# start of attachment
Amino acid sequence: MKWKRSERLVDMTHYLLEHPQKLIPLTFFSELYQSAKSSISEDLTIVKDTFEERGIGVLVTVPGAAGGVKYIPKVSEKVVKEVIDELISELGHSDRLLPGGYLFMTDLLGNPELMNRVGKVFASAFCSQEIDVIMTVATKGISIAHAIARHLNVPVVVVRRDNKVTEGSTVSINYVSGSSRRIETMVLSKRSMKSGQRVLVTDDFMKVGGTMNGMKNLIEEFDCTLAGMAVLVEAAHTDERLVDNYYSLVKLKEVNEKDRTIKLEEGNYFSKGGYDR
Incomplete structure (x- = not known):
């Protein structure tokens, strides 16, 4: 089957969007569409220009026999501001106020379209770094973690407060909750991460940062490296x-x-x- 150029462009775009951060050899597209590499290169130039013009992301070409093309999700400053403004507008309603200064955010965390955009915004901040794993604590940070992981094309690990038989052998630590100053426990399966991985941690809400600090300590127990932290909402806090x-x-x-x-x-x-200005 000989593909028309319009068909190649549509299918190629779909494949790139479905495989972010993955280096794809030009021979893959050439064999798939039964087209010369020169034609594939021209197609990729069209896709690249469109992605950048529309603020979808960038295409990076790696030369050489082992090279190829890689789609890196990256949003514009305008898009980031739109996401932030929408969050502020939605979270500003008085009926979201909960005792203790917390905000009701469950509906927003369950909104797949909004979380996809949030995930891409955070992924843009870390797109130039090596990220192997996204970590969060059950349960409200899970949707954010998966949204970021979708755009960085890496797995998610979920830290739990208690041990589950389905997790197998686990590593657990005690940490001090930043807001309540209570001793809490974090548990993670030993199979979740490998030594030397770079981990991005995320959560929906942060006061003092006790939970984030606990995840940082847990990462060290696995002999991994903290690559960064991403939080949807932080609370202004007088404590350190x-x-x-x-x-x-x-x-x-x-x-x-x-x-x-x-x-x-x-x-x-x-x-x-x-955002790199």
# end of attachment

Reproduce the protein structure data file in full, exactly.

Amino acid sequence: MKWKRSERLVDMTHYLLEHPQKLIPLTFFSELYQSAKSSISEDLTIVKDTFEERGIGVLVTVPGAAGGVKYIPKVSEKVVKEVIDELISELGHSDRLLPGGYLFMTDLLGNPELMNRVGKVFASAFCSQEIDVIMTVATKGISIAHAIARHLNVPVVVVRRDNKVTEGSTVSINYVSGSSRRIETMVLSKRSMKSGQRVLVTDDFMKVGGTMNGMKNLIEEFDCTLAGMAVLVEAAHTDERLVDNYYSLVKLKEVNEKDRTIKLEEGNYFSKGGYDR
Incomplete structure (x- = not known):
């Protein structure tokens, strides 16, 4: 089957969007569409220009026999501001106020379209770094973690407060909750991460940062490296x-x-x- 150029462009775009951060050899597209590499290169130039013009992301070409093309999700400053403004507008309603200064955010965390955009915004901040794993604590940070992981094309690990038989052998630590100053426990399966991985941690809400600090300590127990932290909402806090x-x-x-x-x-x-200005 000989593909028309319009068909190649549509299918190629779909494949790139479905495989972010993955280096794809030009021979893959050439064999798939039964087209010369020169034609594939021209197609990729069209896709690249469109992605950048529309603020979808960038295409990076790696030369050489082992090279190829890689789609890196990256949003514009305008898009980031739109996401932030929408969050502020939605979270500003008085009926979201909960005792203790917390905000009701469950509906927003369950909104797949909004979380996809949030995930891409955070992924843009870390797109130039090596990220192997996204970590969060059950349960409200899970949707954010998966949204970021979708755009960085890496797995998610979920830290739990208690041990589950389905997790197998686990590593657990005690940490001090930043807001309540209570001793809490974090548990993670030993199979979740490998030594030397770079981990991005995320959560929906942060006061003092006790939970984030606990995840940082847990990462060290696995002999991994903290690559960064991403939080949807932080609370202004007088404590350190x-x-x-x-x-x-x-x-x-x-x-x-x-x-x-x-x-x-x-x-x-x-x-x-x-955002790199």